Henry Mountains

Henry Mountains

The Henry Mountains are located in the southeastern portion of the U.S. state of Utah and run in a generally north-south direction, extending over a distance of about 30 miles (50km). They were named by John Wesley Powell in honour of Joseph Henry, the first secretary of the Smithsonian Institution. The nearest town of any size is Hanksville, Utah, which is north of the mountains. The Henry Mountains were the last mountain range to be added to the map of the 48 contiguous U.S. states, and before their official naming by Powell, were sometimes referred to as the "Unknown Mountains."

Geography and Geology

The range is clustered into two main groups, with Highway 276 dividing the two portions. The northern group is by far the taller of the two with Mount Ellen: 11,506 feet above sea level; Mount Pennell: 11,371 feet; and Mount Hillers: 10,723 feet. The southern group is much lower in elevation. The southern group has two peaks: Mount Ellsworth: 8,235 feet and Mount Holmes: 8,000 feet. The southern group is also known as the "Little Rockies".

The Henry Mountains are drained by a number of canyon systems which radiate away from the isolated range, flowing north into the Fremont River, east into the Dirty Devil River, or south into Lake Powell.

The geology of these mountains was first studied in 1875-1876 by Grove Karl Gilbert. He coined the term "laccolite" (now laccolith) to describe the characteristic shapes of some of the igneous intrusions that core the mountains. The main type of igneous rock is porphyritic diorite.

Ages of the igneous rocks are important for understanding the evolution of the Colorado Plateau. Ages of these rocks were reported to be about 45 to 50 million years in older geologic literature. However, it has been established that these intrusions formed in the period from about 23 to 31 million years ago, using uranium-lead dating of zircon and argon-argon dating of hornblende; fission track dating also has yielded consistent results (the older, erroneous ages were by potassium-argon dating). The intrusions are hosted by Permian to Cretaceous sedimentary rocks. The geology of these mountains is similar to the geology of the La Sal Range and of the Abajo Mountains, both also on the Colorado Plateau in southeastern Utah: locations are shown on a satellite image presented with information about the La Sal Range.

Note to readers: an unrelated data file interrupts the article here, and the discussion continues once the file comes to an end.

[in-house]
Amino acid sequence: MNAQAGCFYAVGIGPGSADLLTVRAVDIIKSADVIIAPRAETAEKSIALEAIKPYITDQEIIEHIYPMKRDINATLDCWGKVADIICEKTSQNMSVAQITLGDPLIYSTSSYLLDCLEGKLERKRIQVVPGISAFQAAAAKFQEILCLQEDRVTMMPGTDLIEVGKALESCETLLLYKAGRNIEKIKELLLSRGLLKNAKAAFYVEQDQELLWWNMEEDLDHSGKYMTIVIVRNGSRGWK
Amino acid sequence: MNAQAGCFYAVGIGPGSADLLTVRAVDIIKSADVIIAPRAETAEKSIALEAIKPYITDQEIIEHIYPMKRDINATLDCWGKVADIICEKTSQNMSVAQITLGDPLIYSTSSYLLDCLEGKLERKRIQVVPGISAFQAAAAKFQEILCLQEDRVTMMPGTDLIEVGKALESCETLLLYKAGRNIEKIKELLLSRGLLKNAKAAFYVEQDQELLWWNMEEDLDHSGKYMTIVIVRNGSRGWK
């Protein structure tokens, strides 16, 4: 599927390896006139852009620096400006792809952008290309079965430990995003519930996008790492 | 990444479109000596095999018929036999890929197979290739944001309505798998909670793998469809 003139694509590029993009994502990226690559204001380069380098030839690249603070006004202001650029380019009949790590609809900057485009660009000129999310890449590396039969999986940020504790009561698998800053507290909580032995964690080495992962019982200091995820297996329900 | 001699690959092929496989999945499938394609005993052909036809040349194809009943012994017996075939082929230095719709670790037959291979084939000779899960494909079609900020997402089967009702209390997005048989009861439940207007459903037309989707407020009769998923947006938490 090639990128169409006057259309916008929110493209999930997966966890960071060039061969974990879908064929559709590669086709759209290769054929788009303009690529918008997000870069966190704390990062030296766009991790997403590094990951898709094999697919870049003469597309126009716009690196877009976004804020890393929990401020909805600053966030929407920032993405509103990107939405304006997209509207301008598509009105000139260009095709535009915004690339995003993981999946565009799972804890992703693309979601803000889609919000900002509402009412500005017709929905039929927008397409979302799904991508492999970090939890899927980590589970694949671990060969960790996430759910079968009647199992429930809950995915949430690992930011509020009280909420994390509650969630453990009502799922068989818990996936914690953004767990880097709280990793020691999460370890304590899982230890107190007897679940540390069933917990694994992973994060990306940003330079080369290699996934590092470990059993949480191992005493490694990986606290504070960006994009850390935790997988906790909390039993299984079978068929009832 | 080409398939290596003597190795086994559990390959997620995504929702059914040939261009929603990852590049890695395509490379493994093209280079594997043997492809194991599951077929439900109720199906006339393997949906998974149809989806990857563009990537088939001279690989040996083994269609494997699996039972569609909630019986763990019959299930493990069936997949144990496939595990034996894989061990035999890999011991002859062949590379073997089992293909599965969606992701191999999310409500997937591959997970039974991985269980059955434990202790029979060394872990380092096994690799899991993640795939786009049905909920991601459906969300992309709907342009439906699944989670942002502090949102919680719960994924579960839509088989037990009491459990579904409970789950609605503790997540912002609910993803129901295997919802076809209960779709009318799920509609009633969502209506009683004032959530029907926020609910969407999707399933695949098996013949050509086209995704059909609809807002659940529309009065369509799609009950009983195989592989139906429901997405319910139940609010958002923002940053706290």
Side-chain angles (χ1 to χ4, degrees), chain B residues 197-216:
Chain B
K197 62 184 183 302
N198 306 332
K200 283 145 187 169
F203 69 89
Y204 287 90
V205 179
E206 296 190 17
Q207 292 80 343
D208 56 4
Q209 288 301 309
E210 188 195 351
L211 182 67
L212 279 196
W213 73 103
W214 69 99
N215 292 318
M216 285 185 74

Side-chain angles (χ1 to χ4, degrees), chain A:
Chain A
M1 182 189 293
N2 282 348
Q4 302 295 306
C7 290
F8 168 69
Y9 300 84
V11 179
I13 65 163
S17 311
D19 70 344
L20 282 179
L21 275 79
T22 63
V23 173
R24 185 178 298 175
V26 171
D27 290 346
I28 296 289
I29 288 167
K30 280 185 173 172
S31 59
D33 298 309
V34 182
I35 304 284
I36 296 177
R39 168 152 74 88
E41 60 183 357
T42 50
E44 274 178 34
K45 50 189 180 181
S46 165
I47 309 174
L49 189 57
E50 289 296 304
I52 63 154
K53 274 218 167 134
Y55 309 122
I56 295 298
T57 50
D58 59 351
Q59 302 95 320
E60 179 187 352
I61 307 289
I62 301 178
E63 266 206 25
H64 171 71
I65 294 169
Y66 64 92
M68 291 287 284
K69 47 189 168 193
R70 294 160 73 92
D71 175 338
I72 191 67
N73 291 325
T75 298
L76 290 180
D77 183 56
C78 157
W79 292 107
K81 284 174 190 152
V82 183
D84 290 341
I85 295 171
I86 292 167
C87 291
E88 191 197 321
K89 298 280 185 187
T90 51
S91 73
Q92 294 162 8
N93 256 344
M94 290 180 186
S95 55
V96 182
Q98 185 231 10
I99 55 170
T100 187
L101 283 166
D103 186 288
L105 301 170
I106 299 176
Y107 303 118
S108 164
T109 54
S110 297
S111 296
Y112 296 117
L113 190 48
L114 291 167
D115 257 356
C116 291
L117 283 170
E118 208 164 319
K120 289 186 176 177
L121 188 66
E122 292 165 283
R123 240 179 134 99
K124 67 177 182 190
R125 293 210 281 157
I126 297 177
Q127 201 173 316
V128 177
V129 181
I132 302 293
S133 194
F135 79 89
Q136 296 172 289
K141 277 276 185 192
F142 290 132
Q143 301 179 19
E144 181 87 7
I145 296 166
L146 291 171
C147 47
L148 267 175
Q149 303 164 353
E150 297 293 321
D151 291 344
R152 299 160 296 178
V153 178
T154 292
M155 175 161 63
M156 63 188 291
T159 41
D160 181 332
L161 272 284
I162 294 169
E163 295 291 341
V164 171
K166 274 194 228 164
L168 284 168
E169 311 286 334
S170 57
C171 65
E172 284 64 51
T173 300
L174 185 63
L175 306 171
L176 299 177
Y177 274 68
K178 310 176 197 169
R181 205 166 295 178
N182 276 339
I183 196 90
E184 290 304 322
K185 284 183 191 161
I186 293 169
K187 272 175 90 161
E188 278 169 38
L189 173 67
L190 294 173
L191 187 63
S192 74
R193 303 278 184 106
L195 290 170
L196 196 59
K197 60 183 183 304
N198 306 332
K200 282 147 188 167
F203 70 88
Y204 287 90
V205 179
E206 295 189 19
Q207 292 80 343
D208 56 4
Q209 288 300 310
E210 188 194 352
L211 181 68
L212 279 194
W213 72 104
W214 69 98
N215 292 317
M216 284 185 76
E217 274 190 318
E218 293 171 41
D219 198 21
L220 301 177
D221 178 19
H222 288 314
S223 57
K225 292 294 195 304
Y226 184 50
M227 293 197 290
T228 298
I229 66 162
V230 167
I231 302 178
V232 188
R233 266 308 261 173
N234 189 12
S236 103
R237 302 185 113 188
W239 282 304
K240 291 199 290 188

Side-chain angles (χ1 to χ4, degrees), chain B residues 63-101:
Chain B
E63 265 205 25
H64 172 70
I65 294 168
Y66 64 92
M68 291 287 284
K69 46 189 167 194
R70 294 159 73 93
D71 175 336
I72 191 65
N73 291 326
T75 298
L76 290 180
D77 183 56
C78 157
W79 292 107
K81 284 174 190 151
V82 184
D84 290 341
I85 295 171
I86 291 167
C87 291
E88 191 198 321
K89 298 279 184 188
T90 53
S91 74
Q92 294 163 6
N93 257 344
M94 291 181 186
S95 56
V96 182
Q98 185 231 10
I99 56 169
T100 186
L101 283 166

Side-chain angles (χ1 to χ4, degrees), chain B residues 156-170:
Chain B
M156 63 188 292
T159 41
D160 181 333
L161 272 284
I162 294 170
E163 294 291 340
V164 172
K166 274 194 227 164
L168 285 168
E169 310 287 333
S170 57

American Bison

The Henry Mountains are home to approximately 500 American bison, believed to be one of only four free roaming and genetically pure herds on public lands in North America. The other three herds are in Yellowstone National Park, Wind Cave National Park in South Dakota and on Elk Island in Alberta, Canada.

The Henry Mountain herd was created in 1941 when 18 bison, including three bulls, were moved from Yellowstone and released near the Dirty Devil River, south and east of Hanksville, Utah. An additional five bulls were added to the population in 1942. The herd has gradually moved toward the Henry Mountains, frequenting elevations above 10,000 feet. The Henry Mountain herd has been brucellosis-free since 1963.

A population objective of 325 bison by 2012 has been set by biologists for the Henry Mountain herd. To achieve this objective, and increase overall genetic diversity, breeding animals will be transplanted to other locations. In 2008-2009, Division of Wildlife Resources officials hope to transplant 25 animals to the Tavaputs Plateau in eastern Utah. The new group will be supplemented by up to 20 animals from a herd held privately on the nearby Uintah and Ouray Indian Reservation. In addition, special licenses are issued annually to hunt the animals and help reduce the excess population. In 2007, eighty-one public once-in-a-lifetime bison hunting permits were available in Utah. (SL Tribune, January 10, 2008, pp. E1 and E2)


Much of the area is managed by the United States Bureau of Land Management.


  • Jules D. Friedman and Curtis Huffman, Jr., coordinators, Laccolith Complexes of Southeastern Utah: Time of Emplacement and Tectonic Setting -- Workshop Proceedings, United States Geological Survey Bulletin 2158, 1998. http://pubs.usgs.gov/bul/b2158/B2158.pdf
  • W. Kenneth Hamblin, Beyond the Visible Landscape: Aerial Panoramas of Utah's Geology. Regal Printing, Ltd., Hong Kong, 300 p., 2004. ISBN 0-9760722-0-3

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